If employees are absent on a regular and unpredictable basis, or their timekeeping from day to day is generally lackluster, it’s bad news for your business.
Rather than tearing your hair out and feeling powerless to change this state of affairs, there are some tips, tools and tactics which can help with employee attendance issues and bring your workforce back on the right track. Here are just a few ways to achieve this easily and affordably.
Document your attendance policy clearly & unambiguously
Every business needs to have a written policy on employee attendance which is easily available to all, and which lays out expectations, requirements and best practices in a clear and unambiguous manner.
This is not just about ensuring that employees know the standards for attendance to which they must adhere, but also about giving them no excuses if they fall short of them.
It’s easy for a team member to claim that the reason for their erratic attendance is not being aware of the rules if there’s no document that details them in full. If you do have a written policy, on the other hand, they won’t have a leg to stand on.
Make managing vacations simple
Sometimes attendance issues come about not because of deliberate employee negligence, but because of confusion, crossed wires or inefficiencies in how vacation time is issued and overseen.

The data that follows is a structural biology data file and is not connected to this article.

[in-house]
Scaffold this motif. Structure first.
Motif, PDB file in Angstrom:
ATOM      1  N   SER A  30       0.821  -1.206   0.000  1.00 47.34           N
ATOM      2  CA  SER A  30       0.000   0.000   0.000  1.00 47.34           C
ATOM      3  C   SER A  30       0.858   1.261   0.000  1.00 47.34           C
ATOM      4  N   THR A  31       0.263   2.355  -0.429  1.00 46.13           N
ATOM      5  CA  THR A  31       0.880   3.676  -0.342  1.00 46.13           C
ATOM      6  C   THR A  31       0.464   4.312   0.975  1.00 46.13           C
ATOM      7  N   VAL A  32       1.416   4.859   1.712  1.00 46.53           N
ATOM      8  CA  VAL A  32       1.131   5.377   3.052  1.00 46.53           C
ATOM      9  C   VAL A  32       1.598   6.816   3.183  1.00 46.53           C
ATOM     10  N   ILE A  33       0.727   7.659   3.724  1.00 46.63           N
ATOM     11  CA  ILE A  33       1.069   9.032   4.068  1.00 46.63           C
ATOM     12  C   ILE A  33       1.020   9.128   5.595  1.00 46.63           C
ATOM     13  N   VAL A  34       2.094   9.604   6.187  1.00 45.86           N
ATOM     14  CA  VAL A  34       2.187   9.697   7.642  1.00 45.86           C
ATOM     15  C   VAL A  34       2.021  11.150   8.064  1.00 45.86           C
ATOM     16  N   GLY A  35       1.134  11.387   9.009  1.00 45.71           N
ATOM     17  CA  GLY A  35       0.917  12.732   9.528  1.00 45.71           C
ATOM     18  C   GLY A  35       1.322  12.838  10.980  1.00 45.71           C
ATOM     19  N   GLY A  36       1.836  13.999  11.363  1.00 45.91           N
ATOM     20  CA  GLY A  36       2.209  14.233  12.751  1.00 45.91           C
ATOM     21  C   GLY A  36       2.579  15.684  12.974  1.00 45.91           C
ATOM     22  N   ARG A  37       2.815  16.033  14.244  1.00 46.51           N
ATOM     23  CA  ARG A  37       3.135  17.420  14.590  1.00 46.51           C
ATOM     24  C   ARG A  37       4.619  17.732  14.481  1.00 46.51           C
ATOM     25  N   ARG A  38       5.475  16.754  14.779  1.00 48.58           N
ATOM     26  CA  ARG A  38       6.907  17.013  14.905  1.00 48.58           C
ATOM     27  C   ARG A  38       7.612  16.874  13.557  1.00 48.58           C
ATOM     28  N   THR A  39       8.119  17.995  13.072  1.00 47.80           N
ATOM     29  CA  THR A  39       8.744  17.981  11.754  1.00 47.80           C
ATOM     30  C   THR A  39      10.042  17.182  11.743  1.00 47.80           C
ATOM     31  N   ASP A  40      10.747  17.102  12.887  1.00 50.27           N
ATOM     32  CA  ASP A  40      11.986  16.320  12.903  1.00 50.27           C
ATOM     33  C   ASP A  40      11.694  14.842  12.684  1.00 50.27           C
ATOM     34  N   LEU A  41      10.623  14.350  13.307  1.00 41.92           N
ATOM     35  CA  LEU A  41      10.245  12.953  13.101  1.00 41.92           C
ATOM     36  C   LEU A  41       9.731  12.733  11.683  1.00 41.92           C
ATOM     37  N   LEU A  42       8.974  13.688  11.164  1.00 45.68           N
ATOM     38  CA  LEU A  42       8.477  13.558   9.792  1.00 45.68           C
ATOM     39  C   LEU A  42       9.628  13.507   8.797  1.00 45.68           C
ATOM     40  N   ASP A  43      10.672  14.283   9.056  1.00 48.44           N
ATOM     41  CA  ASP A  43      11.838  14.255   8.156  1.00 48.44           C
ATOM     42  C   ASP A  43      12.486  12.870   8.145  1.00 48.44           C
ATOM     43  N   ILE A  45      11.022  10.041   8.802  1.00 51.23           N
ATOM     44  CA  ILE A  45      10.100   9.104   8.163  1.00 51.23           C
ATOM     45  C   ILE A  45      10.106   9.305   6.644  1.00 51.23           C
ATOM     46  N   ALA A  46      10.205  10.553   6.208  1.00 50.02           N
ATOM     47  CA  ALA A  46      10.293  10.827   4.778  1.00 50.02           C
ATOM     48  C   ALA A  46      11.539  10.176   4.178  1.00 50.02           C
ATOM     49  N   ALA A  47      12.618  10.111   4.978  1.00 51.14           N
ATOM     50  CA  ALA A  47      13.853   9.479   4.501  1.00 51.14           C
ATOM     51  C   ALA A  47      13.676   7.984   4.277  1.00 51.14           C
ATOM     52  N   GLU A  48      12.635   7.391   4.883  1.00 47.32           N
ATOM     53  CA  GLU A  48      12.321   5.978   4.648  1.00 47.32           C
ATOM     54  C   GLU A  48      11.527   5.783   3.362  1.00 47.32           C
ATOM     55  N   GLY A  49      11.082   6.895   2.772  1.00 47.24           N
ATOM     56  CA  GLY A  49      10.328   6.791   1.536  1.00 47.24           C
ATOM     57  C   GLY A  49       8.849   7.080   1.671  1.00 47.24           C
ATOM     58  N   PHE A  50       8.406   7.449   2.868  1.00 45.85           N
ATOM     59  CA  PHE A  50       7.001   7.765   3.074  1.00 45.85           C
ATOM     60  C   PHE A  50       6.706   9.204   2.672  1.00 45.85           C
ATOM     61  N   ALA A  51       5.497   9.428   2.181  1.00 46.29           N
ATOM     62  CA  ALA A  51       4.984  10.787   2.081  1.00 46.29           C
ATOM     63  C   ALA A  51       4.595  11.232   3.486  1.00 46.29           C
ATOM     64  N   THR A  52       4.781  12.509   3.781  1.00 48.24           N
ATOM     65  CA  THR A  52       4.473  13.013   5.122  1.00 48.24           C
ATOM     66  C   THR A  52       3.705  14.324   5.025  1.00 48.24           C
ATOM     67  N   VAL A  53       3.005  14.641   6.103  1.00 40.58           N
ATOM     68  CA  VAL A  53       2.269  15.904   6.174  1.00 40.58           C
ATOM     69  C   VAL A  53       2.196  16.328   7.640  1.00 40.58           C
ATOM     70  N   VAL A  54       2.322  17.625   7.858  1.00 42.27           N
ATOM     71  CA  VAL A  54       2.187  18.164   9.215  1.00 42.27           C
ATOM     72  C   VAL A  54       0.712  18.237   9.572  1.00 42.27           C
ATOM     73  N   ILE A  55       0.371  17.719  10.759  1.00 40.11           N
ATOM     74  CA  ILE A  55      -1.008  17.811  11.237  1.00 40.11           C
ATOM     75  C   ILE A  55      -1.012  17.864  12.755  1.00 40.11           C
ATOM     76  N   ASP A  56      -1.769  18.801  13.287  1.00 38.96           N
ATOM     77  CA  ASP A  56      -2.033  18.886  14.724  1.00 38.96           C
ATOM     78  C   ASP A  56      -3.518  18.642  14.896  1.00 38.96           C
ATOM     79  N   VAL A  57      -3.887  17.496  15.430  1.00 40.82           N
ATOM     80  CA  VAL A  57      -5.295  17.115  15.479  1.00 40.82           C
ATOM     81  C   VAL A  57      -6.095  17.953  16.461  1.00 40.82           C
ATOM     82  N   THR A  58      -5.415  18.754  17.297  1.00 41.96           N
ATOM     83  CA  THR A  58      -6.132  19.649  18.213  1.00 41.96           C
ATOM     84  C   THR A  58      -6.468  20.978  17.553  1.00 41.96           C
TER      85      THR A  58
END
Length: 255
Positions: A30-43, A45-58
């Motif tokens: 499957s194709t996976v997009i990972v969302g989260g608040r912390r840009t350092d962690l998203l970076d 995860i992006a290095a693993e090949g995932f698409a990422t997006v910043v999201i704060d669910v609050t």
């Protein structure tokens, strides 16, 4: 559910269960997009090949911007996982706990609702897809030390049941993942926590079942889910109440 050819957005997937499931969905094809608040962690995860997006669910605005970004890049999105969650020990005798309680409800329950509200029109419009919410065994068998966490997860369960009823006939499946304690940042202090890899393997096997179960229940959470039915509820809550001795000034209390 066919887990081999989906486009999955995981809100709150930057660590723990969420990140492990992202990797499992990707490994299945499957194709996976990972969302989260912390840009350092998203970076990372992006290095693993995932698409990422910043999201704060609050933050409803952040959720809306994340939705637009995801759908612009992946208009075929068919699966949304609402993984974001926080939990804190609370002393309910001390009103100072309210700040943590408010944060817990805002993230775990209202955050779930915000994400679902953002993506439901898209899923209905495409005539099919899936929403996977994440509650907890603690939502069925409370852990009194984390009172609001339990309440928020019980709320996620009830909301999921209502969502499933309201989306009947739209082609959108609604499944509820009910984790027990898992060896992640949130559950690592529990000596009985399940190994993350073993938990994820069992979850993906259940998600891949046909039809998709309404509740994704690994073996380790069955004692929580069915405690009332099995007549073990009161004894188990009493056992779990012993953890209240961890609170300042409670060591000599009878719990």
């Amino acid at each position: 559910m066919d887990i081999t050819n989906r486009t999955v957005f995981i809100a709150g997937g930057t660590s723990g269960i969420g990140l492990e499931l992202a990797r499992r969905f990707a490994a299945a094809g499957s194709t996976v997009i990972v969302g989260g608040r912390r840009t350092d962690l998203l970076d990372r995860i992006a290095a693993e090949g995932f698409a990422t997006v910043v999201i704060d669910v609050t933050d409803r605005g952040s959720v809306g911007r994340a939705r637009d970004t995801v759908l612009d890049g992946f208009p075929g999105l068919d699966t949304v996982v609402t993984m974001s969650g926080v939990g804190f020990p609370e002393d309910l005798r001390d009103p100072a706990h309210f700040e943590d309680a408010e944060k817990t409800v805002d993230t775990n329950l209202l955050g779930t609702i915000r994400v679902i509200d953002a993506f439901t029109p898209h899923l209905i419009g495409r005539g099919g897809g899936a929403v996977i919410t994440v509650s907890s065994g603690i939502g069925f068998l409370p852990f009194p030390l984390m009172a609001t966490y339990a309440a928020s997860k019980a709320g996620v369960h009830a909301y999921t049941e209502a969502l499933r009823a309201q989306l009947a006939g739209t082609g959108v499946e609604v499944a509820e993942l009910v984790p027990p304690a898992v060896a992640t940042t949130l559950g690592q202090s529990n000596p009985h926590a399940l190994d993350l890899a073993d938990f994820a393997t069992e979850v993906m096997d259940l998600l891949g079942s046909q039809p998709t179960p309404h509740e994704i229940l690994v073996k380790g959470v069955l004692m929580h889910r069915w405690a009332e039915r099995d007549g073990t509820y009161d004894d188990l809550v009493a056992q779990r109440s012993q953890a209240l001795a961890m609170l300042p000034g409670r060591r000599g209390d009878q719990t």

For example, if a team member is away for a legitimate reason but this isn’t communicated to others, this could cause disruption to important projects.
Training employees in tasks like how to add vacation to Outlook, and also providing them with the tools they need to share requests for time off with managers and update others on their status will solve this conundrum.
Not everyone is equipped for the standard nine to five working day, and the rise of flexible working as a concept in recent years is testament to this fact.
It could be that people prefer working early in the morning or late in the evening. It could be that they have family commitments which keep them from reaching the office on time, or force them to leave early.
Whatever the case, if your company setup allows it, enabling increased flexibility in working hours, and even embracing things like remote working, will empower employees and also ensure that attendance levels are kept in line with your policy.
Some absences are unavoidable, but it’s better to know that an employee is going to be off in advance, rather than being sideswiped by this information one morning when they don’t show up.
The best way to avoid being left in the dark is to be a good communicator, and an approachable manager. If employees know that they can come to you if they are facing personal issues that might disrupt their ability to attend work, then you can accommodate this more successfully.
Effective communication is as much about listening as it is about expressing yourself clearly, so practice active listening. Also don’t just wait for employees to come to you with problems, but reach out to them regularly to get a sense of where they are at.
Employees will need personal days, sick days, vacation days and other types of time off over the course of their time with your company.
Since you cannot fight this, you have to embrace it, or else your absenteeism issues will only get worse, and will prove a frustration both to yourself and to your team members. A good approach to attendance will improve loyalty and retention rates, while boosting satisfaction and morale as well.